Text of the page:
Prague has decided not to raise public transport fares right now - but warns it has to happen some time in the future.
In the summer, there have been several proposals to increase the prices of almost all fare tariffs - including raising the cost of an annual pass by as much as 50% (from 3,650 crowns to 5,500 crowns). The subsequent plan was to increase the price by 365 crowns each year for several years.
The price increase talks come due to a loss of fare revenue, as the number of tourists has gone down, and some people have stopped using public transport because they were concerned about catching the coronavirus.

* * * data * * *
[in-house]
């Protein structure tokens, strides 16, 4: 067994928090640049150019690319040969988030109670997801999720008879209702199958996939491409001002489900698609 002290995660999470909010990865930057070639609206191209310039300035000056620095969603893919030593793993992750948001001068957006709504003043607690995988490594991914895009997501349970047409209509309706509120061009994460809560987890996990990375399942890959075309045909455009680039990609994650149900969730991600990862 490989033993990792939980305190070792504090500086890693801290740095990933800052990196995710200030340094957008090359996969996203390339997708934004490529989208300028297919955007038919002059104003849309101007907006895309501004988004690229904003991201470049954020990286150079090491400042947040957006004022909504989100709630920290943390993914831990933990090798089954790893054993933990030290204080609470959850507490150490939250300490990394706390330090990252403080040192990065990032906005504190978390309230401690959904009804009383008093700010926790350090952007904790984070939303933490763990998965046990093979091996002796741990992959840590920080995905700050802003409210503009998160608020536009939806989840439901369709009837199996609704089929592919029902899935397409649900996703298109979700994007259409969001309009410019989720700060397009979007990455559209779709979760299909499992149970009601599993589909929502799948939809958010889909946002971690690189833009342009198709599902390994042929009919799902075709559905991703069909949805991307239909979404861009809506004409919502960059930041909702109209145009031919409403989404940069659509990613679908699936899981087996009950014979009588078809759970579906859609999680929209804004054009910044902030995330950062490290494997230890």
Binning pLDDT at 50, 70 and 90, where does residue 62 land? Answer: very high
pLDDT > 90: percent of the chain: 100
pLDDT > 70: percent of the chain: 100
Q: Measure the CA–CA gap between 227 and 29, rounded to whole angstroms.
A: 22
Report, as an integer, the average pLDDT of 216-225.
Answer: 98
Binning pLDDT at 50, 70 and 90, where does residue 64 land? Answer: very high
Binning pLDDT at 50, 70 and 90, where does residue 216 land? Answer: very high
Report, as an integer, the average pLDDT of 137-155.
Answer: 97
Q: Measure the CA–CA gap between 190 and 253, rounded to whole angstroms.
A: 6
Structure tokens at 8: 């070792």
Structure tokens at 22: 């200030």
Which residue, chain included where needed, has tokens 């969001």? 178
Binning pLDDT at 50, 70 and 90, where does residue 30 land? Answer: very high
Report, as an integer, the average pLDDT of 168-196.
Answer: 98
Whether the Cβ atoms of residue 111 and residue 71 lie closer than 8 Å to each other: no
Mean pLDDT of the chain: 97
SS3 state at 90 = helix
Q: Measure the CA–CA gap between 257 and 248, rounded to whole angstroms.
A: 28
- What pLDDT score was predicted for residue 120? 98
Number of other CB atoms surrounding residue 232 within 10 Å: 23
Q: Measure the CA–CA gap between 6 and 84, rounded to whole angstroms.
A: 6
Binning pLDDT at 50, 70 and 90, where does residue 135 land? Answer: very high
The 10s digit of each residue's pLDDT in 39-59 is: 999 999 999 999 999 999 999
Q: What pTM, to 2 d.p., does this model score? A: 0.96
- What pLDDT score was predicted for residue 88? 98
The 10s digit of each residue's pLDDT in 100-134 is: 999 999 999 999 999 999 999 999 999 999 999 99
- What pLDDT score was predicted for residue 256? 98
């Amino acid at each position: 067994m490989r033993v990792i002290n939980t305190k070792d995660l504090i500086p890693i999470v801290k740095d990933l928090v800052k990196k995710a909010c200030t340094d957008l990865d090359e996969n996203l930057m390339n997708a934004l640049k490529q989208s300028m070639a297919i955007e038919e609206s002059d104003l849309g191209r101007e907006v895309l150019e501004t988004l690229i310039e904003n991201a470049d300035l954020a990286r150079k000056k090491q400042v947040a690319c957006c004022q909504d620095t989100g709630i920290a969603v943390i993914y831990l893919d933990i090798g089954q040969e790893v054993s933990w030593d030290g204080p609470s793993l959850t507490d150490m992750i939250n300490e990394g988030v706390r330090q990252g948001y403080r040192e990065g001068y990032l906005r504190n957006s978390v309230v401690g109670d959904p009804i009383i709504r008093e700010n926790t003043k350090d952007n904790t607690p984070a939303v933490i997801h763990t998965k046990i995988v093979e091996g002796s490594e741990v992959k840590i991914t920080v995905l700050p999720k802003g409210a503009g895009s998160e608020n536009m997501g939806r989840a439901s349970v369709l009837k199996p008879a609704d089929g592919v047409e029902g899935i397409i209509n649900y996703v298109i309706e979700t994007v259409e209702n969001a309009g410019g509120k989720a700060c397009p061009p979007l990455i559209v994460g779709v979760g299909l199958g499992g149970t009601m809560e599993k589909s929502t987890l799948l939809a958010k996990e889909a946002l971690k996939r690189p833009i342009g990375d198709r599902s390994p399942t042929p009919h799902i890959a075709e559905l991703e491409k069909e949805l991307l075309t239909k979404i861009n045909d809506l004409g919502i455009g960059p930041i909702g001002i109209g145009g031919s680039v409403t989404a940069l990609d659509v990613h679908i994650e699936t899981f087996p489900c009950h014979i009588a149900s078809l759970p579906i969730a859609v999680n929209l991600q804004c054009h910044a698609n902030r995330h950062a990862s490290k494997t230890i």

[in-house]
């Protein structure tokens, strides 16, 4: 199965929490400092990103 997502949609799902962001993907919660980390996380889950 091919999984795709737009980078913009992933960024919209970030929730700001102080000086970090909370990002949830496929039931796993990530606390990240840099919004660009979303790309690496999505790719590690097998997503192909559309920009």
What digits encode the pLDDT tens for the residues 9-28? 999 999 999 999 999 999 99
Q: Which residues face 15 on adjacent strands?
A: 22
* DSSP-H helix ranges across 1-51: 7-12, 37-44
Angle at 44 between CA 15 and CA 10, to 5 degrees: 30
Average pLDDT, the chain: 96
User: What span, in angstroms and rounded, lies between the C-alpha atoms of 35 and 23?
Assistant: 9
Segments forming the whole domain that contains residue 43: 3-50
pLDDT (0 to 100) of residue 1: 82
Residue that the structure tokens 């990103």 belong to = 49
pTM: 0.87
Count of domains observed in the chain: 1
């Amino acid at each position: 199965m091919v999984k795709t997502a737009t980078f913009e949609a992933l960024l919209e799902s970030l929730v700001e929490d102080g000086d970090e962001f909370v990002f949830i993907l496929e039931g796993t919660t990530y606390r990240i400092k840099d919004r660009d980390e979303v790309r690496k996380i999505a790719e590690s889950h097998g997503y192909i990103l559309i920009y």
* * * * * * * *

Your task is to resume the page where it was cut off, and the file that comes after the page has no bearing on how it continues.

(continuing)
In addition, Prague will also have to reflect new tax laws which are currently being discussed by the Chamber of Deputies. If approved, Prague's tax revenues will fall by 2.1 billion crowns next year.
However, raising the fares right now, when a lot of people are facing existential problems, would be immoral, said Prague's Deputy Mayor for Transportation Adam Scheinherr (Praha Sobě). But according to him, the city will not avoid the price increase in the future, as fares are cheaper than in Brno, Pilsen od Liberec - smaller cities that do not have a metro system, which is the most expensive part of the public transport.